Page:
Life in the “Digital Now”

I thought the first Ted Talk, the one where Daphne Bavelier spoke on the brain and video games, was very interesting. She touched on many misconceptions that people in general, including myself, have about video games. I remember when I was younger my parents used to always reprimand me about not watching too much TV and having limited computer screen time in order to make sure that my eyes don’t get worse. However, according to Daphne and the research she’s citing, this isn’t true. So in other words spending too much time looking at a screen does not affect your vision. Most of this Ted Talk actually showed that video games can be very good for you (in moderation). I also thought it was interesting how video games can improve your multitasking skills, memory skills, and attention skills. Apparently, according to research and experiments, video games can actually help you in all of those areas. However, I feel like there are other healthier alternatives to video games that can help you improve in these areas. I hate seeing what video games to do people sometimes and it can really take over someone’s life. The fact that when Call of Duty: Black Ops came out it had been played for a combined total of 68,000 years worldwide really just blows my mind. After hearing all of this, I do think that educational video games should be emphasized and advertised more because it could be quite beneficial if it is done in the right manner. I absolutely loved the second Ted Talk hosted by Abha Dawesar and I agreed with basically everything she said. It is crazy how much technology has taken over the world. Everyone these days is always rushing and stressed on time and so worried about the future that I feel like no one ever really focuses on the present. Everyone is so caught up on social media and worried about what everyone else is doing. They’re also worried about what people think they’re doing, which is why people love to post Snapchat stories, Instagram pictures, and tweets about what they’re doing on a daily basis. Literally every single day I’m walking around campus everyone is always looking down at their phone screen, which can even cause them to run into things and people. During class and at the diner I see people on their phones. However I am guilty of doing the same thing. Social media can be a good thing, but the fact that it is taking over people is not a good thing. Obsessing over making sure that other people know you’re having a great time takes away from the actual experience. I thoroughly enjoyed these Ted Talks and would definitely recommend that people watch them.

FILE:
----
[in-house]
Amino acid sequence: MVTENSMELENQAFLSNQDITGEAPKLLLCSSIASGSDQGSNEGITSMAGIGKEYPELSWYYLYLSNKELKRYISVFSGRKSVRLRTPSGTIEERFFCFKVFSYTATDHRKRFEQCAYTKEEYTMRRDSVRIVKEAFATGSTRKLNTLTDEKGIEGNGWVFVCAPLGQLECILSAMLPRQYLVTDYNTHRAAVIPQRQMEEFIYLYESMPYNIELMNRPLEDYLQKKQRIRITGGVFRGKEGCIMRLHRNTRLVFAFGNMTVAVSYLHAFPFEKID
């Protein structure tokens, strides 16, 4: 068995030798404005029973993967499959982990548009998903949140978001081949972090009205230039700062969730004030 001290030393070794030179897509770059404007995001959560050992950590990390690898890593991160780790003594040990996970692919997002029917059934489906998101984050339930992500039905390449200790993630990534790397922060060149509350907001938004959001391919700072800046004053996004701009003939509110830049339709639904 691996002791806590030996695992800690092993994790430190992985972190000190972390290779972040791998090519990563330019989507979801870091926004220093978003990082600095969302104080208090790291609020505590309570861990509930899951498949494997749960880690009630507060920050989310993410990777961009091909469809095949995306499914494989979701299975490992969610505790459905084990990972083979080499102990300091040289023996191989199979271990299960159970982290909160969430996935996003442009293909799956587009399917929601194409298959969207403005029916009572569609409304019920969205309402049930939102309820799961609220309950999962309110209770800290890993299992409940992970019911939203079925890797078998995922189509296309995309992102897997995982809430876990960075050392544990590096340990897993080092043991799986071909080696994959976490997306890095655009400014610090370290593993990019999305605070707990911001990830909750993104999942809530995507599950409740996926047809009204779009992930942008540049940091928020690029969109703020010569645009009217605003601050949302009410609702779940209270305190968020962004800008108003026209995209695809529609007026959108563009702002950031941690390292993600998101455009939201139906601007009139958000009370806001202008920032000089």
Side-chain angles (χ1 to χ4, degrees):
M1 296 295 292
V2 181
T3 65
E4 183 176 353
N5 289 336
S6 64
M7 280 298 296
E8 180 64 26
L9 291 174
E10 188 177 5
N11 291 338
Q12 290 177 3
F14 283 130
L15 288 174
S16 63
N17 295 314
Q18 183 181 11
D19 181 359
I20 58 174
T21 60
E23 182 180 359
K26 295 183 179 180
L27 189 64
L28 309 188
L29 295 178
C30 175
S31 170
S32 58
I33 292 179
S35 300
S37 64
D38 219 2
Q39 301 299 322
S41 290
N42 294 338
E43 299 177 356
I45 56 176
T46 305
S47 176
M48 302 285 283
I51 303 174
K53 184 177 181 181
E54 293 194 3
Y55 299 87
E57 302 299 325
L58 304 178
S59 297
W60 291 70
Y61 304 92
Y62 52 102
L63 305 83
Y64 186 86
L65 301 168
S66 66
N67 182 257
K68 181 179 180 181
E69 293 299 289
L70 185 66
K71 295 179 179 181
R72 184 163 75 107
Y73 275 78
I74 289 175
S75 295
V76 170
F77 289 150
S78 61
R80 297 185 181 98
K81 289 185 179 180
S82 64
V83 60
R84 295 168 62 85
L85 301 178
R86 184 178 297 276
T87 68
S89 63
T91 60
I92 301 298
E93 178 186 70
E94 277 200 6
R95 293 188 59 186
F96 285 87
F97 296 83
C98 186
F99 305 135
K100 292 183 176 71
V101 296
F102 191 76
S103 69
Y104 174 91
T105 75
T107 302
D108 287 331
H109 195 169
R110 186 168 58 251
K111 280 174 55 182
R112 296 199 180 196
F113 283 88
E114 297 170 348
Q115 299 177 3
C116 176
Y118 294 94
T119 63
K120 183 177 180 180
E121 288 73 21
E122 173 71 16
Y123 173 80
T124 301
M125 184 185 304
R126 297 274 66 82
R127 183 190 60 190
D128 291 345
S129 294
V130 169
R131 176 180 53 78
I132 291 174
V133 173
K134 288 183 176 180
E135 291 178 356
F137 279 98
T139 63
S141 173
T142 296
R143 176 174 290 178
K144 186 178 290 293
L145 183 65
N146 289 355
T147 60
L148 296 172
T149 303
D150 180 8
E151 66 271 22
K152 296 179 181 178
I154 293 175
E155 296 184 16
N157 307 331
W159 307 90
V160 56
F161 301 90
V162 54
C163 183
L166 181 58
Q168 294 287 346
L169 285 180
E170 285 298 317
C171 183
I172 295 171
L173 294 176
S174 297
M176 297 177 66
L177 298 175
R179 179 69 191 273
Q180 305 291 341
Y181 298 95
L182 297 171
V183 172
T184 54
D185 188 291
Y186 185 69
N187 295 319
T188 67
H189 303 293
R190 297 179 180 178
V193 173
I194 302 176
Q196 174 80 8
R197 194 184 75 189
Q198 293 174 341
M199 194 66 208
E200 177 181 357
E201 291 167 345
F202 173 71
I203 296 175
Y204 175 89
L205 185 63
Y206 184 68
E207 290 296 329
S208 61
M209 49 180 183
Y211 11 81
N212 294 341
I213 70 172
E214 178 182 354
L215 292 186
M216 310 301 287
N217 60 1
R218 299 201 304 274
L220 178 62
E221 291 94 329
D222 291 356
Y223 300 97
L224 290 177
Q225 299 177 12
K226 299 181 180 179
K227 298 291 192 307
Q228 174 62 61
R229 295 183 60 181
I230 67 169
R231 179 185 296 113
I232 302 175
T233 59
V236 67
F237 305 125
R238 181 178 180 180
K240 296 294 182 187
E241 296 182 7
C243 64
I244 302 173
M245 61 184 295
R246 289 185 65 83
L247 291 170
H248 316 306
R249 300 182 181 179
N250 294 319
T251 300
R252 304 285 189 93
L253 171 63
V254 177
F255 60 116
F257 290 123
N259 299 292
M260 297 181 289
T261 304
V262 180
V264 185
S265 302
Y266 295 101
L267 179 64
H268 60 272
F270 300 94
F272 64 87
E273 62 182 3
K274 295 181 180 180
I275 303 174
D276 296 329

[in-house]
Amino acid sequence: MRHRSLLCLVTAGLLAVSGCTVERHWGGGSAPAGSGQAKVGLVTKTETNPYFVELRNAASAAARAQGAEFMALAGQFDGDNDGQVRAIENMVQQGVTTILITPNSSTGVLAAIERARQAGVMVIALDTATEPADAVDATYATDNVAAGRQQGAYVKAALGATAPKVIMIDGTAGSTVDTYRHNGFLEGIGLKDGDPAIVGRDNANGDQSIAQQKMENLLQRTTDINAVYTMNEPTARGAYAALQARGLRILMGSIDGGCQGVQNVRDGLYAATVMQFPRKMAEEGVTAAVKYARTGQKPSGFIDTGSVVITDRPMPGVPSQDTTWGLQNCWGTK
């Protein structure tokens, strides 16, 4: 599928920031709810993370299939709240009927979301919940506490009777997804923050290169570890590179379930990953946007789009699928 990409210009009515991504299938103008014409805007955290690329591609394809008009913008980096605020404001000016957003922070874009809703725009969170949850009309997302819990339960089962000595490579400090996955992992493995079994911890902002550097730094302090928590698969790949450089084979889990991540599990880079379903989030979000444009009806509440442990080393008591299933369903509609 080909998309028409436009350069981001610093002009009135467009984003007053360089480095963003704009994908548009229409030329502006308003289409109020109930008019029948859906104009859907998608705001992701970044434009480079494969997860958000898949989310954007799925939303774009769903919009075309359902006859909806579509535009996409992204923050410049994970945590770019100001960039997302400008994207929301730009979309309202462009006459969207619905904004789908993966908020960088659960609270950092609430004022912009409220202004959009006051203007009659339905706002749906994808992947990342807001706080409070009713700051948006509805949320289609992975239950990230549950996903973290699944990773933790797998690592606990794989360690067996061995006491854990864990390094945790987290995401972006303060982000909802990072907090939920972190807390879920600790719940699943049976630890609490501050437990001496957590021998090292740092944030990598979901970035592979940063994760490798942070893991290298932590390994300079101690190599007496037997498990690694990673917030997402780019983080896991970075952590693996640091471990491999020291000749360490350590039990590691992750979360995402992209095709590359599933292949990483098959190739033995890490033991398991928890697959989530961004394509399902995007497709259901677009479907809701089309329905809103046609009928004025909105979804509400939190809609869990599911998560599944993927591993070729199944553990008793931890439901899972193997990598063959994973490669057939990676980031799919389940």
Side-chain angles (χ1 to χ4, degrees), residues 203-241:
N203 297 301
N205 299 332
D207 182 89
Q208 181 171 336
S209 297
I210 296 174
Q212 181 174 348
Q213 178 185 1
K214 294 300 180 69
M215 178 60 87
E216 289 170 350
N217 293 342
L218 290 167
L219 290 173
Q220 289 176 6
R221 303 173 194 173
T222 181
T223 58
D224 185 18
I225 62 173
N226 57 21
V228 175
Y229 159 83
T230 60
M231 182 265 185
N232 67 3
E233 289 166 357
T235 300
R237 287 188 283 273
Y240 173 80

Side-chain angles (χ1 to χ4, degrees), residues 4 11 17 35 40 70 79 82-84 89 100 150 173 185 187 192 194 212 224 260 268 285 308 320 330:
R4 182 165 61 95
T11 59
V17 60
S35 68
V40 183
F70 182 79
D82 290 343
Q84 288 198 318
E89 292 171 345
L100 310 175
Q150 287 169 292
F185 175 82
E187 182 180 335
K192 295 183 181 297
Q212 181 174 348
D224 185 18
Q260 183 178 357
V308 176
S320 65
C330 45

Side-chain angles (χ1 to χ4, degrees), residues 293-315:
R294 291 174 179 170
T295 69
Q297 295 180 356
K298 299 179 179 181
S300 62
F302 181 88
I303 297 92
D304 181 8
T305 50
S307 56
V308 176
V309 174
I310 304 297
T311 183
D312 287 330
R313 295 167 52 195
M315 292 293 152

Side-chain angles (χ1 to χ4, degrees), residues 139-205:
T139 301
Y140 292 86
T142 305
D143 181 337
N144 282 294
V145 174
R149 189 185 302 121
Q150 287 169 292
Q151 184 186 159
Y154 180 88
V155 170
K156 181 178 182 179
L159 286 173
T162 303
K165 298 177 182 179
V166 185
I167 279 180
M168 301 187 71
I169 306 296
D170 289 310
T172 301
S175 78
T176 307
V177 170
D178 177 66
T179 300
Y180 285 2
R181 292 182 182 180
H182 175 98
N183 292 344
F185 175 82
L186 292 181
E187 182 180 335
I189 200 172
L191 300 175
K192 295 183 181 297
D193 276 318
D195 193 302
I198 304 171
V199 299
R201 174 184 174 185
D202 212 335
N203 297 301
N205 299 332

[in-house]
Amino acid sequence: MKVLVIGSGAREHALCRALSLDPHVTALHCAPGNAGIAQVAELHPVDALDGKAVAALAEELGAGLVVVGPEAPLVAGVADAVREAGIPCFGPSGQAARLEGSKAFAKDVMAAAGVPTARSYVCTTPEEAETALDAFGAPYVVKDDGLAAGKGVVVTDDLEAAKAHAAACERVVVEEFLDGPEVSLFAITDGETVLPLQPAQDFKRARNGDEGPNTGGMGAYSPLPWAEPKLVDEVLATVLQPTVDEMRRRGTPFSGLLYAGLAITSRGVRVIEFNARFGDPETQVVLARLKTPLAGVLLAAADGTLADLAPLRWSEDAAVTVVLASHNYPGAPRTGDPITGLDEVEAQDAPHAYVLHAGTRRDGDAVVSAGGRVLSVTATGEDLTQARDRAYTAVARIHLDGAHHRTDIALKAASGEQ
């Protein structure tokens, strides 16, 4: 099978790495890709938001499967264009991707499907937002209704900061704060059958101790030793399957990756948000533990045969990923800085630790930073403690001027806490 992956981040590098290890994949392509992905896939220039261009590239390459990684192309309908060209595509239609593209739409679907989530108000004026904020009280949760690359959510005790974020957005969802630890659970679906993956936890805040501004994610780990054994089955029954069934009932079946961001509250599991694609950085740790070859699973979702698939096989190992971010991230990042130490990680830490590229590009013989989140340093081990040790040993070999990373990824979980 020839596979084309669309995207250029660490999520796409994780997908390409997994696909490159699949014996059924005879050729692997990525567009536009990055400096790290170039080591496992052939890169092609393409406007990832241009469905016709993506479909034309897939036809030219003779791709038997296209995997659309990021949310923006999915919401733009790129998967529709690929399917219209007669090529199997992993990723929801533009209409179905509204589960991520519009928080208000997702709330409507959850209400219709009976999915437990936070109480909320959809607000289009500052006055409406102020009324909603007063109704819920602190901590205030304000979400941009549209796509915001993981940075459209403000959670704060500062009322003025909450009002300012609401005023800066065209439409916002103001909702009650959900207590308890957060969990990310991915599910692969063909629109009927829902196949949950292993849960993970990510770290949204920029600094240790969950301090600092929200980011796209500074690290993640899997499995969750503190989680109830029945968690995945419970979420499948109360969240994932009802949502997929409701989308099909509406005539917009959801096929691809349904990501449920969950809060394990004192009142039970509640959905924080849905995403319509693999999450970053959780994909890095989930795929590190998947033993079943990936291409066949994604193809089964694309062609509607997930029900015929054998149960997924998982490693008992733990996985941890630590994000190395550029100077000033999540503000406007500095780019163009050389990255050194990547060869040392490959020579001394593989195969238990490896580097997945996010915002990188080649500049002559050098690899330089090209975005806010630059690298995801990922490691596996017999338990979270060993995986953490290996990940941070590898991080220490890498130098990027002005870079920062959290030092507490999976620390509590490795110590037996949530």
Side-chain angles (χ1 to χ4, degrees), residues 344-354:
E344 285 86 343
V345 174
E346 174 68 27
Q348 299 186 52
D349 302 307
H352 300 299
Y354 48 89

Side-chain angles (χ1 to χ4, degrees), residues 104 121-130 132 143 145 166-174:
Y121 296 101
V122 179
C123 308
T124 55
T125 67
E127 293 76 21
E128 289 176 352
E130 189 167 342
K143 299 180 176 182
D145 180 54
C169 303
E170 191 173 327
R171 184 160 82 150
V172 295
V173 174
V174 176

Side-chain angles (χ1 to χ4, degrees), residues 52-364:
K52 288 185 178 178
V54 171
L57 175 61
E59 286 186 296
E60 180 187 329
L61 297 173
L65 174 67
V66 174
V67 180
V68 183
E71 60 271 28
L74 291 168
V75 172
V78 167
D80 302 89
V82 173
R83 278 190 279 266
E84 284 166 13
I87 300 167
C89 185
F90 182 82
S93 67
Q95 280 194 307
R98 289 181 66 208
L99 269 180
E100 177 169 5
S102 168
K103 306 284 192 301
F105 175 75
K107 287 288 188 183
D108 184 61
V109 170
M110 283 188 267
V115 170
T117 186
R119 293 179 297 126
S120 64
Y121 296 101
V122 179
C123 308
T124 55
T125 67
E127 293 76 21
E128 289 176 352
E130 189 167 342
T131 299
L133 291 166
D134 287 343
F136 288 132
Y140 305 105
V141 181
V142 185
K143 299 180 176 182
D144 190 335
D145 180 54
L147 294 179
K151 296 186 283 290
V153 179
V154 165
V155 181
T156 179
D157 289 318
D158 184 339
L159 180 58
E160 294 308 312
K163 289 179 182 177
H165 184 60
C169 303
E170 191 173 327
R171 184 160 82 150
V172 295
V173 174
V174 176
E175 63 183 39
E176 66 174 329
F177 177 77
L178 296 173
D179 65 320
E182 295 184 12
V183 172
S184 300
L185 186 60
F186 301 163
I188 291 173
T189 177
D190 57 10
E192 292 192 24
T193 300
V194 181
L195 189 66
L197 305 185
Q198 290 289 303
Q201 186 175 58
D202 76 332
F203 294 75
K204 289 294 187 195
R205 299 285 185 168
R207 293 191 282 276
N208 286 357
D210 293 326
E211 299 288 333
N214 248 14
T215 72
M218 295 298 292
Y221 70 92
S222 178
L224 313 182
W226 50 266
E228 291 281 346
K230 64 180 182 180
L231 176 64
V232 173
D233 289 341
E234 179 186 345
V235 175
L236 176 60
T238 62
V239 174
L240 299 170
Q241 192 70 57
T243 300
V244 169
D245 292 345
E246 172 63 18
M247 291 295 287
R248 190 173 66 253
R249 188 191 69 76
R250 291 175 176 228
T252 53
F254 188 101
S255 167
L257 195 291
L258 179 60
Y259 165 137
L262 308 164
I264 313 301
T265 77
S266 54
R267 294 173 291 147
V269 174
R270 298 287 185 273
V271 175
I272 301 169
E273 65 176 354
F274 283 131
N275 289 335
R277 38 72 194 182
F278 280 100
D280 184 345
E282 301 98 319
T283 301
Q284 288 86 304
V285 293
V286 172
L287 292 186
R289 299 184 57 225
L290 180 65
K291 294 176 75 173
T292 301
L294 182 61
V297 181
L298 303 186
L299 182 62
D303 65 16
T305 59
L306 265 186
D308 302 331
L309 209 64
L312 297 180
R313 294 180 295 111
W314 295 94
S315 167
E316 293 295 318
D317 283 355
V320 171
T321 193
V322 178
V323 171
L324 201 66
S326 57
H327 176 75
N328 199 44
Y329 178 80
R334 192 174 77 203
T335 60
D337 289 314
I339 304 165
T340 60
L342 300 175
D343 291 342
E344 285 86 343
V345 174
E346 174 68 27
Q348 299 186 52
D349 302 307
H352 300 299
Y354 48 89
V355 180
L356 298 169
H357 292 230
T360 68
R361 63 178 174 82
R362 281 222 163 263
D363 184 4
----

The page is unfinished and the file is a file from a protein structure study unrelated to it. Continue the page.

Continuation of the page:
http://blog.ted.com/how-is-technology-changing-our-experiences-reading/

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